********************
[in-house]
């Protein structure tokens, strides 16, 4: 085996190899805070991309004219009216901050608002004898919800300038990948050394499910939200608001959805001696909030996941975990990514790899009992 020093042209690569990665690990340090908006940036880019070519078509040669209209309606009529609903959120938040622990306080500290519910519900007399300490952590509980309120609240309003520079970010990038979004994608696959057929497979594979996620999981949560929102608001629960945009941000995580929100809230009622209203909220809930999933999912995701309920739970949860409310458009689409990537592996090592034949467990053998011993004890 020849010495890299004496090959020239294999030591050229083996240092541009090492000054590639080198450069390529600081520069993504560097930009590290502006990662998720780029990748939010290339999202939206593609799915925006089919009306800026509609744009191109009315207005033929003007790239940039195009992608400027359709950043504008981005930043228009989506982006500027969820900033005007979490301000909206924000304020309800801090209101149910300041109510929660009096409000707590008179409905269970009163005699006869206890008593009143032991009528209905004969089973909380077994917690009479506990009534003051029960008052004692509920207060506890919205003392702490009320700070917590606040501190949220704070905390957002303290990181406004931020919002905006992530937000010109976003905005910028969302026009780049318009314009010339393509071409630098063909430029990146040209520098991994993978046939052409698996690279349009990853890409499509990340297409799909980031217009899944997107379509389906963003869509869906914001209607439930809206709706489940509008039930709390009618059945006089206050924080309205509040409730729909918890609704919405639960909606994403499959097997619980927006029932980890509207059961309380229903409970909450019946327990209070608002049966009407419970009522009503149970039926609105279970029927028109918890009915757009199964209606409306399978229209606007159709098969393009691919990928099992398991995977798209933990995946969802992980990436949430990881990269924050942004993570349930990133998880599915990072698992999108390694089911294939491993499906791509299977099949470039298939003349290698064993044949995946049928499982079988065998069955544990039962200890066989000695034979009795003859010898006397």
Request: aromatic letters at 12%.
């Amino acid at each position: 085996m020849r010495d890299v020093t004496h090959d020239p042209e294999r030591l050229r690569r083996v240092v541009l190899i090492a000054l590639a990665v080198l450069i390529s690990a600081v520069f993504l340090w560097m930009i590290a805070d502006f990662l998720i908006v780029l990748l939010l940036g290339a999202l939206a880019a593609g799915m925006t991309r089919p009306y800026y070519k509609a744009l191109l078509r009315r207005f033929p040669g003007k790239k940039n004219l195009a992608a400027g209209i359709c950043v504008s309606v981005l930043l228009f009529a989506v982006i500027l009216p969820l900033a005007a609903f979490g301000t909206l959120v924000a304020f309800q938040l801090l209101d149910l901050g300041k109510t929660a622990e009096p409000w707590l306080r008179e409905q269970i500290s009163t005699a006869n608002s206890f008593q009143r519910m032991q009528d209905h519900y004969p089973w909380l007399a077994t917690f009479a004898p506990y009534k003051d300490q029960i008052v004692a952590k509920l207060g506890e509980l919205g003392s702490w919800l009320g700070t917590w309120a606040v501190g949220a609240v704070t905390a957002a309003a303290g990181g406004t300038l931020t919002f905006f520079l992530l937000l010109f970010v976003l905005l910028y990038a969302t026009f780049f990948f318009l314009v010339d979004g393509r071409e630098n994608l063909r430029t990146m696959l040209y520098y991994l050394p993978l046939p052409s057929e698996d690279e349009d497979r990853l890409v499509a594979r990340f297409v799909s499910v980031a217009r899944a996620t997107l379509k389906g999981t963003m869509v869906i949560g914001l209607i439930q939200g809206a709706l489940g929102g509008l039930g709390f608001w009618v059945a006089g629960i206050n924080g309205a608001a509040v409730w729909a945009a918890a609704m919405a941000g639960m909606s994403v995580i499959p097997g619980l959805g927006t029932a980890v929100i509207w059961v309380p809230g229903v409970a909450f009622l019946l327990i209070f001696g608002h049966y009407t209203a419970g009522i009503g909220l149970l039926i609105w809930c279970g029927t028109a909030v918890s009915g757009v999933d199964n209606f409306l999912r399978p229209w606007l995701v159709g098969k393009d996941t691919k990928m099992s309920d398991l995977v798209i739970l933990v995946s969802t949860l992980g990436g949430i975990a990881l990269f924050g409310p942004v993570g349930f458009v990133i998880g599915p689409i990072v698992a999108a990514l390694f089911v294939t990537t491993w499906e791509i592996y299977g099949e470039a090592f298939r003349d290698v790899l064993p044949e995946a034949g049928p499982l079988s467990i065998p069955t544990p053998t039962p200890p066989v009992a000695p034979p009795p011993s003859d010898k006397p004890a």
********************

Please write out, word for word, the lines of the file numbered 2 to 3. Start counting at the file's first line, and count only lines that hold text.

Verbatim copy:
């Protein structure tokens, strides 16, 4: 085996190899805070991309004219009216901050608002004898919800300038990948050394499910939200608001959805001696909030996941975990990514790899009992 020093042209690569990665690990340090908006940036880019070519078509040669209209309606009529609903959120938040622990306080500290519910519900007399300490952590509980309120609240309003520079970010990038979004994608696959057929497979594979996620999981949560929102608001629960945009941000995580929100809230009622209203909220809930999933999912995701309920739970949860409310458009689409990537592996090592034949467990053998011993004890 020849010495890299004496090959020239294999030591050229083996240092541009090492000054590639080198450069390529600081520069993504560097930009590290502006990662998720780029990748939010290339999202939206593609799915925006089919009306800026509609744009191109009315207005033929003007790239940039195009992608400027359709950043504008981005930043228009989506982006500027969820900033005007979490301000909206924000304020309800801090209101149910300041109510929660009096409000707590008179409905269970009163005699006869206890008593009143032991009528209905004969089973909380077994917690009479506990009534003051029960008052004692509920207060506890919205003392702490009320700070917590606040501190949220704070905390957002303290990181406004931020919002905006992530937000010109976003905005910028969302026009780049318009314009010339393509071409630098063909430029990146040209520098991994993978046939052409698996690279349009990853890409499509990340297409799909980031217009899944997107379509389906963003869509869906914001209607439930809206709706489940509008039930709390009618059945006089206050924080309205509040409730729909918890609704919405639960909606994403499959097997619980927006029932980890509207059961309380229903409970909450019946327990209070608002049966009407419970009522009503149970039926609105279970029927028109918890009915757009199964209606409306399978229209606007159709098969393009691919990928099992398991995977798209933990995946969802992980990436949430990881990269924050942004993570349930990133998880599915990072698992999108390694089911294939491993499906791509299977099949470039298939003349290698064993044949995946049928499982079988065998069955544990039962200890066989000695034979009795003859010898006397």
Request: aromatic letters at 12%.